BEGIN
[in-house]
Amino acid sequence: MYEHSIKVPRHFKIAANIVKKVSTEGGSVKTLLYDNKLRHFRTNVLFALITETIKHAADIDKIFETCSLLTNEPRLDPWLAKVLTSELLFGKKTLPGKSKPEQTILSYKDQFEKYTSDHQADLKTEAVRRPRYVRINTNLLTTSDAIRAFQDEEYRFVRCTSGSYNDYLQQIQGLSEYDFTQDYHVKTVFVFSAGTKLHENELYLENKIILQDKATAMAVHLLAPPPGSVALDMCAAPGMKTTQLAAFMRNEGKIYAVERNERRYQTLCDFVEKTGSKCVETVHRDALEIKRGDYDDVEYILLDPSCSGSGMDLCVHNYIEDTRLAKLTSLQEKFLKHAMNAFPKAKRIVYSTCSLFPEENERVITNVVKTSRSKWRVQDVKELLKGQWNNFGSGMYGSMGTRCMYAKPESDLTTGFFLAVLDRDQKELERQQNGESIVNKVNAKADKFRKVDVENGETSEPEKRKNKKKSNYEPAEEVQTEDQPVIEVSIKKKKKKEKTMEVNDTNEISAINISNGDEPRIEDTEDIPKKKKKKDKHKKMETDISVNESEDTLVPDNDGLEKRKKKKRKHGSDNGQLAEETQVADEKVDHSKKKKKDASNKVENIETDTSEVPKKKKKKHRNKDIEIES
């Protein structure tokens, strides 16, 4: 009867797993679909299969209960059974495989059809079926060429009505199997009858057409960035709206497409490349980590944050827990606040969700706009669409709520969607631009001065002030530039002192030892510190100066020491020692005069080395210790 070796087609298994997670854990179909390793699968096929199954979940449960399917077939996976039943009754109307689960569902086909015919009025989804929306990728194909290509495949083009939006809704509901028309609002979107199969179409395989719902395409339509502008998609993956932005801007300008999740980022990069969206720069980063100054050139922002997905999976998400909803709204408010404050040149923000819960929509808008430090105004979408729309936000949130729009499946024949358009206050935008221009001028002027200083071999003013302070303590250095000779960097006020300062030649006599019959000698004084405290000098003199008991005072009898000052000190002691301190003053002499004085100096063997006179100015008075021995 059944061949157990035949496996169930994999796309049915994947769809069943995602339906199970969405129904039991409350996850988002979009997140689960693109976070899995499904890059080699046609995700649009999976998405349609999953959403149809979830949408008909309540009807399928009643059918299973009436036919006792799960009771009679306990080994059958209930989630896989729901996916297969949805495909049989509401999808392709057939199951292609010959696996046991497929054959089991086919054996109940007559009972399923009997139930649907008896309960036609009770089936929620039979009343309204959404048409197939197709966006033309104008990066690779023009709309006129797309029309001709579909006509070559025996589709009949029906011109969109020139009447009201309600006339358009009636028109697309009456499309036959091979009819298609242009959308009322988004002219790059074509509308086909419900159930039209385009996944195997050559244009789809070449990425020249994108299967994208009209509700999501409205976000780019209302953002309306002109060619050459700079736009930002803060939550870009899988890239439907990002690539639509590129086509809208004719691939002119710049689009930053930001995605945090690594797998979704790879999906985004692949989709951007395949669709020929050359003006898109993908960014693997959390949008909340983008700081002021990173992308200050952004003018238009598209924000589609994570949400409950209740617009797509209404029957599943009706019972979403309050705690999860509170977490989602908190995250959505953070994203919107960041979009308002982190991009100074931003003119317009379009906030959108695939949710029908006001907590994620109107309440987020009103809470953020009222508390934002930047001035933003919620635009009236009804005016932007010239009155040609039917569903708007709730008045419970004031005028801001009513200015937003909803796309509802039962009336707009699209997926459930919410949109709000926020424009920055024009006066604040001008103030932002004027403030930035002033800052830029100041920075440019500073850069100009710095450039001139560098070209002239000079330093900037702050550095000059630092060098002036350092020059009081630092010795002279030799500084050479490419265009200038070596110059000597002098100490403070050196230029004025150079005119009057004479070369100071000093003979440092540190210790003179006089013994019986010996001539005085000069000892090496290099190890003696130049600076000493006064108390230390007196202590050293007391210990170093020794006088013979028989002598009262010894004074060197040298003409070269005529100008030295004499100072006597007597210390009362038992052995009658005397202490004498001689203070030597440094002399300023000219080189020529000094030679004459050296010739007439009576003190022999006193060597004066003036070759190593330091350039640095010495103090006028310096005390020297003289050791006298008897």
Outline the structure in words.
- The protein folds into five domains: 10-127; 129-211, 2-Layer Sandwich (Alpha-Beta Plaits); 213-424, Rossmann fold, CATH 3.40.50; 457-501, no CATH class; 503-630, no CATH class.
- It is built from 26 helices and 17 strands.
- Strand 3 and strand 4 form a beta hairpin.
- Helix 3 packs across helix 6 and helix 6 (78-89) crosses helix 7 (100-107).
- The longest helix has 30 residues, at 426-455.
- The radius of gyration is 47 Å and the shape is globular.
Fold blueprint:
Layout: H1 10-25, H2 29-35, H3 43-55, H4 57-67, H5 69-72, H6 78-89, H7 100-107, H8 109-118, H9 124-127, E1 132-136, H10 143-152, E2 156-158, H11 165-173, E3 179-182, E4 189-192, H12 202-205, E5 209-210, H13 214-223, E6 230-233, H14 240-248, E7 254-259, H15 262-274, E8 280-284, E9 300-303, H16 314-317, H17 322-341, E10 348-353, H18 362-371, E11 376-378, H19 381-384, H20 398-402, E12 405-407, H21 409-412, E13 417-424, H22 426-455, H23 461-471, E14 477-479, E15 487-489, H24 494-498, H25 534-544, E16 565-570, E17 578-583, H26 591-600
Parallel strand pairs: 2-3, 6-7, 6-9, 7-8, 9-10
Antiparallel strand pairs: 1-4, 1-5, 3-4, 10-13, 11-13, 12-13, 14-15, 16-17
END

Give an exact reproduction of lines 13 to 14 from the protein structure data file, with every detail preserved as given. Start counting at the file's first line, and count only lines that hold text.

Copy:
Parallel strand pairs: 2-3, 6-7, 6-9, 7-8, 9-10
Antiparallel strand pairs: 1-4, 1-5, 3-4, 10-13, 11-13, 12-13, 14-15, 16-17